The 5 Pillars of Panoramic Photography!

Here is your beginners panoramic photography guide to shooting 360-degrees around.

Film enthusiasts are the ones putting in the real work here. Analog fans either have to purchase expensive, specialized cameras or spend hours in the darkroom stitching together various images. Before digital photography came around, only professionals could craft stunning wide angle shots that seemed to envelop the viewer.

danube river panorama

Nowadays, iPhones have a plugin that allows you to perform the same task. Simply select the “panorama” setting in your “camera” application and follow the directions. Article over, right?

Not so fast; there are still some little-known points you should keep in mind when approaching 360-degree photography, especially when using real cameras. Keep reading to learn more about the five steps that will have you taking panoramic shots like an expert!

1. Quality Panorama Equipment Is Crucial!

Again; most smartphones allow you to capture pretty decent panoramas. Point-and-shoot cameras have similar modes that can simplify the process. If you’re looking to jump the extra mile, however, you should consider purchasing a few important pieces of equipment.
A magical panoramic setup includes a DSLR, a fisheye lens, and a panoramic head. Many photographers prefer the Canon 8-15mm fisheye, found here on Amazon. Wide-angle lenses will also work, but the process will entail more stitching if your camera lacks a panorama setting.

Using a panoramic head on a tripod will simplify the stitching process and leave you with more precise final products. Manufacturers that produce decent panoheads include Nodal Ninja, Bushman, and 360 precision.

golden gate bridge panorama

2. If your camera has a panorama mode, use it.

Even point-and-shoot cameras have this setting, unless we’re talking about the most basic of models. Panorama mode helps simplify the process in a

variety of ways. The interface displays the photo you just took while providing a live view of the current frame, which allows you to better judge your shots.

Under the hood, you camera will also use the same exposure settings for every photo. You won’t encounter annoying issues with lighting that would otherwise leave you with hours of post-processing work.

You might feel confident about your ability to capture panoramas au naturel, but you should at least start with the special mode on your camera. (If anything, just be grateful for advanced technology.)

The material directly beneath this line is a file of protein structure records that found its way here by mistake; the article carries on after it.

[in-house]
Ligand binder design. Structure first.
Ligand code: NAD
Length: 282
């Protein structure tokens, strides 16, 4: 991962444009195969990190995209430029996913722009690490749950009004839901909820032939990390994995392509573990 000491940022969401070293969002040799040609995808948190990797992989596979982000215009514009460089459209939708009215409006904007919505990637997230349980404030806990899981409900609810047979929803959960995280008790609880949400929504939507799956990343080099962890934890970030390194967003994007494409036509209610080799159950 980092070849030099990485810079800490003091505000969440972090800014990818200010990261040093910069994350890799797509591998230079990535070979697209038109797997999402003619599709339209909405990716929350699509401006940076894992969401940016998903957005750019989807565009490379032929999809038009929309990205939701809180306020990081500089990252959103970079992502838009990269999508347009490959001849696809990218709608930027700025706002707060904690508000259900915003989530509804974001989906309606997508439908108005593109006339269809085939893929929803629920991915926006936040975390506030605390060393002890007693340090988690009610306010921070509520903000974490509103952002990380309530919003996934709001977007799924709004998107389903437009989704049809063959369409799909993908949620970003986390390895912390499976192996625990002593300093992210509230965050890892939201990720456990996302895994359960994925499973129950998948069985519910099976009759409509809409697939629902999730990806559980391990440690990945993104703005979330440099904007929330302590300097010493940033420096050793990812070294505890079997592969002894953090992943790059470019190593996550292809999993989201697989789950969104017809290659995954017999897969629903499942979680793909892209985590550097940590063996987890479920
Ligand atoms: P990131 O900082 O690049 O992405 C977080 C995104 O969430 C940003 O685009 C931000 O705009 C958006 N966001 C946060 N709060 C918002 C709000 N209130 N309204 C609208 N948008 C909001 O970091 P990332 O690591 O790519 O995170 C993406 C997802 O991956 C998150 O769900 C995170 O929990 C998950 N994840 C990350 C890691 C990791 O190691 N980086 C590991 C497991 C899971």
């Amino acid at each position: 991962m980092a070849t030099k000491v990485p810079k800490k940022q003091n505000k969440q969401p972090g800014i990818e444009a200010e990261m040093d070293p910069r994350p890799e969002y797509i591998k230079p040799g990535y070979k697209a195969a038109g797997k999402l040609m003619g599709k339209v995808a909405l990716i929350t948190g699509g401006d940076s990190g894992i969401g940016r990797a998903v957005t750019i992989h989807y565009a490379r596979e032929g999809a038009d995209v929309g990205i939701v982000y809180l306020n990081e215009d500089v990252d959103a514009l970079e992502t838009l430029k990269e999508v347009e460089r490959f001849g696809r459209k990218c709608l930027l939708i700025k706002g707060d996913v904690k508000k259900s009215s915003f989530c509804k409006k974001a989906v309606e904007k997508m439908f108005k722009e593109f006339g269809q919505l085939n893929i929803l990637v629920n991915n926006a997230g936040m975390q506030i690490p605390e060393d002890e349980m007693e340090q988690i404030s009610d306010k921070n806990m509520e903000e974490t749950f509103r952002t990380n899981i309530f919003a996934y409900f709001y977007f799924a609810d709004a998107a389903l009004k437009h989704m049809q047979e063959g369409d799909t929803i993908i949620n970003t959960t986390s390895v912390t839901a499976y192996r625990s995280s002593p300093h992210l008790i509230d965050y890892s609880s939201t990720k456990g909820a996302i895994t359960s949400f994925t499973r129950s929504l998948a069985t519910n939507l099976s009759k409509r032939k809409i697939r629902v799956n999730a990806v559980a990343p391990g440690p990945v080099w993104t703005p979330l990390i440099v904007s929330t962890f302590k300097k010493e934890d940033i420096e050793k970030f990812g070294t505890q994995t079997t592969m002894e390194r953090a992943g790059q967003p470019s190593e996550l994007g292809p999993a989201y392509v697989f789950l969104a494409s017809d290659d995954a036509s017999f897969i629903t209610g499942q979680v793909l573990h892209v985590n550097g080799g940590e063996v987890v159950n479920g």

3. Don’t. Move.

Before you start shooting, check the scene for movement. An errant pedestrian or wandering deer could ruin the image with accidental blurs. Of course, many photographers intentionally seek blurred movement in their panoramas, whether it be from a busy highway or bustling street. Your best chance to avoid these issues is to take the images quickly. Calibrate your equipment, decide which parts of the scene you want in the picture, and shoot away.

If you have the time, experiment with different blur effects and perhaps you’ll surprise yourself.

4. If you don’t use panorama mode…

Most importantly, make sure your camera is in manual mode. If you use automatic, your camera might expose the photo differently when you adjust the frame for the next shot.
For the shooting process, let’s start with portrait position. You’ll want around six shots around, one shot toward the zenith (up), and at least one shot toward the nadir (down).

The result will be a full sphere, which will pop even more realistically with a fisheye lens.
In full-frame position, I recommend four shots around you with the camera pointed slightly upward—about five degrees. This method doesn’t require shooting above or below the first frame, although you might lose some resolution due to the lesser amount of total photos.

5. Stitch it up!

First, remember to shoot in RAW to preserve photo data. Process your RAW files using the same settings, and export them as TIFFs. If you’re experienced with Photoshop, you can stitch them together with the tools it offers.

mountain tops panorama

More likely than not, you’ll need panorama software to stitch them together. Some of the more popular software is PTGui and Hugin stitcher.

Both programs will do the job, but most users find Autopano Pro to be simpler and more automated. If you prefer to have more control over your work, however, you should consider using PTGui and tackle a few learning curves.

Panoramic photography can take a lot of work to master. Overall, some honest experimentation will push you a long way. You’ll make discoveries after every shot, such as how awful it can be to stitch two photos together when the seam contains bright areas (sigh). Additionally, you’ll better be able to troubleshoot issues from tripod shadows to exposure glitches.

Now that you know a little more about 360-degree photography, grab your camera bag and get snapping!

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